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7 ways to experience wellbeing in the Pembrokeshire Coast National Park

ACCORDING to the Mental Health Foundation, 70% of UK adults agreed that being close to nature improves their mood. 

In support of this, the Pembrokeshire Coast National Park Authority is sharing the best ways to experience that dopamine hit and connect with the great outdoors of West Wales this summer.

After all — whether you’re looking to take the plunge and delve into the deep blue or find your inner peace on a coastal hike — there are few better places to top up your mental and physical well-being than the 600 miles of rugged coastline and countryside in the Pembrokeshire Coast National Park.

  1. Brave the Barefoot Trail at Castell Henllys 

As the first of its kind in Wales, Castell Henllys’s Barefoot Trail will test your toes across eight different surfaces — from crunching flint gravel and squelching clay to tree stumps and wood chips. 

By embarking on this testing trail, you’ll be taking a step (literally!) back in time — and following in the footsteps of the Celtic tribes that previously inhabited the surrounding land, all while stimulating over 200,000 nerve endings that live in your feet. 

Research suggests that by kicking off your shoes and connecting with the earth, it can boost immunity, strengthen muscles, and improve sleep!

  1. Experience the Open-Air Theatre at Carew Castle

Carew Castle’s open-air theatre offers a captivating blend of culture and nature, as well as the chance to escape daily life and plunge yourself into new worlds. From timeless classics to beloved family favourites, the main stage comes alive against the backdrop of this historic and haunted castle. As you immerse yourself in live performances, you’ll also benefit from the healing properties of this spectacular landscape. Socialize with loved ones, breathe in the fresh air, and let the magic of theatre enhance your mental and physical well-being.

To learn more about what’s on at Carew, visit: bit.ly/4aHAN4S

3. Take to the coast by two wheels

The Pembs Coast is renowned for its rugged beauty, and what better way to explore than by e-bike? Riese & Müller e-bikes — available for daily hire from Oriel y Parc — present a more sustainable way to travel, whilst providing a little helping hand(le-bar) for scaling some of the steeper hills. 

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From boosting your mental wellbeing and hitting your daily physical activity goals, to reducing congestion and carbon emissions across the St Davids Peninsula — pedal power is the way forward for personal and environmental wellbeing.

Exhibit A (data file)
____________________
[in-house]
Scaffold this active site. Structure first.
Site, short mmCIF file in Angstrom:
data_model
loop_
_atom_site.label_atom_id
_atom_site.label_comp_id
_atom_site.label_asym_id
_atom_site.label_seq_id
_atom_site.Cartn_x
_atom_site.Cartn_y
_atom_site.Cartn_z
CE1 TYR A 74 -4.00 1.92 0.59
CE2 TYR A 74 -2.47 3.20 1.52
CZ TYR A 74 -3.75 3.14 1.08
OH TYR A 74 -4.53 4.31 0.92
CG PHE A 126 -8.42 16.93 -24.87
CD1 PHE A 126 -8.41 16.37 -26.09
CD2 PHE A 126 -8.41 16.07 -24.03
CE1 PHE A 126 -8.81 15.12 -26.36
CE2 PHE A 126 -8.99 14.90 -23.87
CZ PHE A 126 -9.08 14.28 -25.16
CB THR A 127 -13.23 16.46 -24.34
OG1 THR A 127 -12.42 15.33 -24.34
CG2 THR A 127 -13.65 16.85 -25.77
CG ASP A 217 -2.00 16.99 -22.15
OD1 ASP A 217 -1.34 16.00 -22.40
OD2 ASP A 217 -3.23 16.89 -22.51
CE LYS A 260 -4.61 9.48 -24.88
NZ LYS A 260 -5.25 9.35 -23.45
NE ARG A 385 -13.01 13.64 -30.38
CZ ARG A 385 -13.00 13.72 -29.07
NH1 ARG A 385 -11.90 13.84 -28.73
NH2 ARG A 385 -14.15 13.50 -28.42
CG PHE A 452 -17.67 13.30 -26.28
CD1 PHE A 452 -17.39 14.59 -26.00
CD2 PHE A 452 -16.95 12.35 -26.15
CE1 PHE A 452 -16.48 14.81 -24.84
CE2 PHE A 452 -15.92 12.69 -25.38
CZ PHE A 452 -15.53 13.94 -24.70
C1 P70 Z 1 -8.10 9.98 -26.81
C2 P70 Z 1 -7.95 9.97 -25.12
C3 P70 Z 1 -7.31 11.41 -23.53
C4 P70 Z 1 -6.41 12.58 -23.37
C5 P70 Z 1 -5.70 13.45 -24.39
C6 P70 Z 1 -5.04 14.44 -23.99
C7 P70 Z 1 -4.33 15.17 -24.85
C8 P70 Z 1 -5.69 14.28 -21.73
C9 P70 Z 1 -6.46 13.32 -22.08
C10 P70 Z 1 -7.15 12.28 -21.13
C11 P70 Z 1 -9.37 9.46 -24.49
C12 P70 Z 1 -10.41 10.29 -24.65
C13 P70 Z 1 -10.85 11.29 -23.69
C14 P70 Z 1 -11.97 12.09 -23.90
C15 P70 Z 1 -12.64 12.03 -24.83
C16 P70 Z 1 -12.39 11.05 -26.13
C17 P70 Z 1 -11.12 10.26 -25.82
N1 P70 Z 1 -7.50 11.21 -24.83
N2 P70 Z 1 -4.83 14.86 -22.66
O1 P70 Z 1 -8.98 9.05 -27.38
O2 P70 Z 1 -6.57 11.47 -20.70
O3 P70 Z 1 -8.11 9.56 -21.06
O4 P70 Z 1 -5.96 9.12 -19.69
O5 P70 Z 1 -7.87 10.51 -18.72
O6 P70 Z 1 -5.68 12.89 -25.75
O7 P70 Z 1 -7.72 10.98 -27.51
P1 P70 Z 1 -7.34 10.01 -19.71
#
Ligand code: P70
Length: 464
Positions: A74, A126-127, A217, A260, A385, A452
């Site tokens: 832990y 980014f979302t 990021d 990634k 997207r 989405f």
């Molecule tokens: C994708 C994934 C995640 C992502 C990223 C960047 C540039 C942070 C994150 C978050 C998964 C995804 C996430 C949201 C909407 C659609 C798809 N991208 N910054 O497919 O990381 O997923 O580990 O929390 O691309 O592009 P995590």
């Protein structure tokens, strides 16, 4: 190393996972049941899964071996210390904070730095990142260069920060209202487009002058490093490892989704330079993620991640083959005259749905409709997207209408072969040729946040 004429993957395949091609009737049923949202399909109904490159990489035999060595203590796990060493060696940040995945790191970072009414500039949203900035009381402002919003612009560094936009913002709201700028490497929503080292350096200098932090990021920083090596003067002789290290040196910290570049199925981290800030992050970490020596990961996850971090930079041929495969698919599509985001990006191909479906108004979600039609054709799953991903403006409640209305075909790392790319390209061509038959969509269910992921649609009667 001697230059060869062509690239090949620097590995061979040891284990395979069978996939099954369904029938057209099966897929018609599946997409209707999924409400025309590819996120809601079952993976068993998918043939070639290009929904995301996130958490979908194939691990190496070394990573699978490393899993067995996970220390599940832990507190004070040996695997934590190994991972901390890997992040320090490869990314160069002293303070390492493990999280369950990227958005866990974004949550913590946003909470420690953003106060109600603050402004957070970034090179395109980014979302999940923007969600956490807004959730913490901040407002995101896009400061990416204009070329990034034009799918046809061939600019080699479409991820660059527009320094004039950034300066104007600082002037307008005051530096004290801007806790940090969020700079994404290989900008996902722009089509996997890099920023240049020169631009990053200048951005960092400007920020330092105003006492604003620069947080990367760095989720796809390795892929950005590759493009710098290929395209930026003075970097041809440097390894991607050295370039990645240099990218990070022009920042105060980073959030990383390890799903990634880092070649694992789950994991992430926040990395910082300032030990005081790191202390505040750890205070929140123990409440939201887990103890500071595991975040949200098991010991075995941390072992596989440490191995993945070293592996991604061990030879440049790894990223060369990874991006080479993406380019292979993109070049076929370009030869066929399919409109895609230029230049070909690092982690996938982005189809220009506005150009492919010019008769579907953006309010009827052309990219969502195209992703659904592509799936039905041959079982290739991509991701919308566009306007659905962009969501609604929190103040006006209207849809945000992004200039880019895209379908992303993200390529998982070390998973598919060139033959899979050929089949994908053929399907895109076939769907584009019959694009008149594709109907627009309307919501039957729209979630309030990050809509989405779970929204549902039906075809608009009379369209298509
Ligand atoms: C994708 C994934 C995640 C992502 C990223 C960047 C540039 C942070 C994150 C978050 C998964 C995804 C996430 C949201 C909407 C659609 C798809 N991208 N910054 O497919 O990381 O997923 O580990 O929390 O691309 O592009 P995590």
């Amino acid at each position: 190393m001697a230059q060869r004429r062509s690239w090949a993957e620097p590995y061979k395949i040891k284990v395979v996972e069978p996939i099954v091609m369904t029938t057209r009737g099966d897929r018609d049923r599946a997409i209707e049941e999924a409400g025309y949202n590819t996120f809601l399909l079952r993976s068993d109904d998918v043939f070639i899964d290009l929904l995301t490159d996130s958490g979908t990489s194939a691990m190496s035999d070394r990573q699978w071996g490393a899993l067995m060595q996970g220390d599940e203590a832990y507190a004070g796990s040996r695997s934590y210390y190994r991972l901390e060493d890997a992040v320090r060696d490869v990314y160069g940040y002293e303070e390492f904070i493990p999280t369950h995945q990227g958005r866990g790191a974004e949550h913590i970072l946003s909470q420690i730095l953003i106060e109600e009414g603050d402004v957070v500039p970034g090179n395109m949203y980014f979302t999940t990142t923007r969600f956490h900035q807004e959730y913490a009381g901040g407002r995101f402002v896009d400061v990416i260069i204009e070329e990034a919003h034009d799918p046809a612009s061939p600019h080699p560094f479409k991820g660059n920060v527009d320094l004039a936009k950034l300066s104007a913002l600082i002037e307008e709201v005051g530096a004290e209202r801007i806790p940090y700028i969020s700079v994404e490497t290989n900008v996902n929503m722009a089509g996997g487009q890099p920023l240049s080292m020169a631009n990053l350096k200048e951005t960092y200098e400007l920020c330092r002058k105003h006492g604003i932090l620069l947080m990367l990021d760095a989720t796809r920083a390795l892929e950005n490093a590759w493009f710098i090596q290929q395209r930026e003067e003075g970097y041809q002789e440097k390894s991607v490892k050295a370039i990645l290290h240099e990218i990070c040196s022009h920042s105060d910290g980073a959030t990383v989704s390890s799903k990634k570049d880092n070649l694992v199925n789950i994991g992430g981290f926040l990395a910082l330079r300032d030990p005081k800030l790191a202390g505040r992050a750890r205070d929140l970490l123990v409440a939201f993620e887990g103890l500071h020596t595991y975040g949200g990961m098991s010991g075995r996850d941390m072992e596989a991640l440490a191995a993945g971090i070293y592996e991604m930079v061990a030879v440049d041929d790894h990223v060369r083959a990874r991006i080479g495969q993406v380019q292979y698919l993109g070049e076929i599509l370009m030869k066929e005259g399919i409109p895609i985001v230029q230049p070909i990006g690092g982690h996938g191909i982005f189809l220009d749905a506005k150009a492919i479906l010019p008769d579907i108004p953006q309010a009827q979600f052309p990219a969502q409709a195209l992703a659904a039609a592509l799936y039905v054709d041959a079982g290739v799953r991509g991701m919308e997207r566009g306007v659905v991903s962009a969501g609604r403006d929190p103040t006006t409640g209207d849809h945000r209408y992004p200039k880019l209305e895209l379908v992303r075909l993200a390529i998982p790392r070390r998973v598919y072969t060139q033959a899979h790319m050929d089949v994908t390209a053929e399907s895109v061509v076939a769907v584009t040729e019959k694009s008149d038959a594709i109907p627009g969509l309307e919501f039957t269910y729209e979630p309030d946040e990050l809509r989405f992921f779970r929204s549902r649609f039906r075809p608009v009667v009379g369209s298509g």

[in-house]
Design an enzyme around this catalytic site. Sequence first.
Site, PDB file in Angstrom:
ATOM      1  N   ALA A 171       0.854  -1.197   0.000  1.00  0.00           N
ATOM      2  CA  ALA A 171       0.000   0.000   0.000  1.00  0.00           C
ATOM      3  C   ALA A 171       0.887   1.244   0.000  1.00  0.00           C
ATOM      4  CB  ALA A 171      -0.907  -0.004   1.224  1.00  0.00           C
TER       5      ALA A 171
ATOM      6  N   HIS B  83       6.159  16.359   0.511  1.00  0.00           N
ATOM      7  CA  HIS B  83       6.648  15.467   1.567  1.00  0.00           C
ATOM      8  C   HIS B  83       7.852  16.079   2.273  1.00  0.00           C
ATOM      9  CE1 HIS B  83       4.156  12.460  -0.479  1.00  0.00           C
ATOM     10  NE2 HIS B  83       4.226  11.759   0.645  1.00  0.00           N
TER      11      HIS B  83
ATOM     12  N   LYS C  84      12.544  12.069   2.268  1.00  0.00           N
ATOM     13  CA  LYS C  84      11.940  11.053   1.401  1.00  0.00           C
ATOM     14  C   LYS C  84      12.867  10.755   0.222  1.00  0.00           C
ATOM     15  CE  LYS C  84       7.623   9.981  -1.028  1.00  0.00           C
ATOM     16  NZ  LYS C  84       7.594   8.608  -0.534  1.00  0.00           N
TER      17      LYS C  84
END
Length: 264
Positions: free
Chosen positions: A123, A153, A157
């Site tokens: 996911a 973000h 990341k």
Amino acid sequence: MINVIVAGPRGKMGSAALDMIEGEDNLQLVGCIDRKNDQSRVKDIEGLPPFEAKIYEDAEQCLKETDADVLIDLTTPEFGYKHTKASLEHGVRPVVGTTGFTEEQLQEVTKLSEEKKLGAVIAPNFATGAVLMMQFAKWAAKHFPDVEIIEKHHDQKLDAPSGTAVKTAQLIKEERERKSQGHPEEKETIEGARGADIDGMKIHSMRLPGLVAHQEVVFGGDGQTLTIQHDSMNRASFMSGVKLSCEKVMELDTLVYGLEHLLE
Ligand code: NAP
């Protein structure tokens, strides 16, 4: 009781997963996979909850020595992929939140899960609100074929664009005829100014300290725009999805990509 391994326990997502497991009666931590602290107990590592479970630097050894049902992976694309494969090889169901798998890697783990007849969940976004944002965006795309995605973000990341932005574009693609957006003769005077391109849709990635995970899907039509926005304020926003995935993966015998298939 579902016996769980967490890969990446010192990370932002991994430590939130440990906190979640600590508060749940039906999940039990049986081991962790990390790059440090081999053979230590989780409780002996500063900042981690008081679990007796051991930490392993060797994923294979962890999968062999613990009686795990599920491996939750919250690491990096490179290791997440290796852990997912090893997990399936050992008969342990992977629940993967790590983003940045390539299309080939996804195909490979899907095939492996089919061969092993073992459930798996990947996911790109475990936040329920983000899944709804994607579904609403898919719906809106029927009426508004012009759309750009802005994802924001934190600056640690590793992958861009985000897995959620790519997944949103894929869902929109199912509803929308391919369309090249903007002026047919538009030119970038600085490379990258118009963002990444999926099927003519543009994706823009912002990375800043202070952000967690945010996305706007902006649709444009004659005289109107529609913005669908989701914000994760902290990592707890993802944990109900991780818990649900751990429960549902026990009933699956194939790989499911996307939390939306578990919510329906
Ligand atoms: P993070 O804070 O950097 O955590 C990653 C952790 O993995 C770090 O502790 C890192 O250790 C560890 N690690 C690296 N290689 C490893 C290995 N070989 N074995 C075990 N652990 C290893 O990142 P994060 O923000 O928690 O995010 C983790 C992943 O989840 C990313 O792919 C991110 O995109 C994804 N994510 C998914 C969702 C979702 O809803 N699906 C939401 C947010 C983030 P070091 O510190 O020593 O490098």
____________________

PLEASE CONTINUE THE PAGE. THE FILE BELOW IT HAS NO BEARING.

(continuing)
Find out more about how you can hire an e-bike: bit.ly/3WfjC7e 

4. Marvel at some of the best dark skies in the country 

Nationally recognised as a hot spot for Dark Sky Discovery Sites, the Pembrokeshire Coast National Park is a star-gazer’s dream. On the clearest of nights, you may even be able to spot the spectacle of the Milky Way or the Orion constellation with the naked eye! 

Plus, the relaxing sounds of the waves crashing against the shore provide the perfect backdrop for embracing tranquillity and peace as you cast an eye to the sky.

5. Take a dip into the wild 

Nestled along the 186 miles of the Pembrokeshire Coast Path are endless opportunities to welcome wild swimming — one of the many activities that Pembs’ own locals embrace during the warmer months. 

With picturesque places for water sports such as Whitesands Beach, to hidden spots for a paddle, taking to the water can lead to a boost in dopamine levels and an increase in endorphins. 

Thinking about wild swimming soon? Don’t forget to check the RNLI’s open water swimming safety guidance: bit.ly/4dXHxyi 

6. Visit the Mountain of Angels 

Carn Ingli is said to be the magical and mythical home of St Brynach — the close friend of St David. Having built himself a simple cell high amongst the craggy rocks, he became known for his special powers with animals — having tamed even the wildest of creatures. 

It’s said that upon his death, St Brynach was gathered up by the angels from the summit of Carn Ingli and transported to heaven. When visiting, you’ll be rewarded by 360-degree panoramic views across the land — accompanied, maybe, by a sense of something mythical and ancient. 

7. Embrace nature at Coed Tŷ Canol National Nature Reserve 

Home to over 170-acres of woodland, this reserve in North Pembrokeshire is one of six Welsh wood pasture sites of international importance — due to its rich and diverse lichens (over 400 species!) 

Setting the scene for inspiration, the twisted oaks, rocky outcrops of Carnedd Meibion, old stone walls and an Iron Age Fort present the perfect opportunity to connect with times gone by.  Let the sights, sounds and scents of the Canol forest wash over you as nature aids in lowering feelings of stress, depression, and anxiety. 

For more information and to plan your next adventure, visit the Pembrokeshire Coast National Park website or follow @PembrokeshireCoast on Facebook, X and Instagram.   

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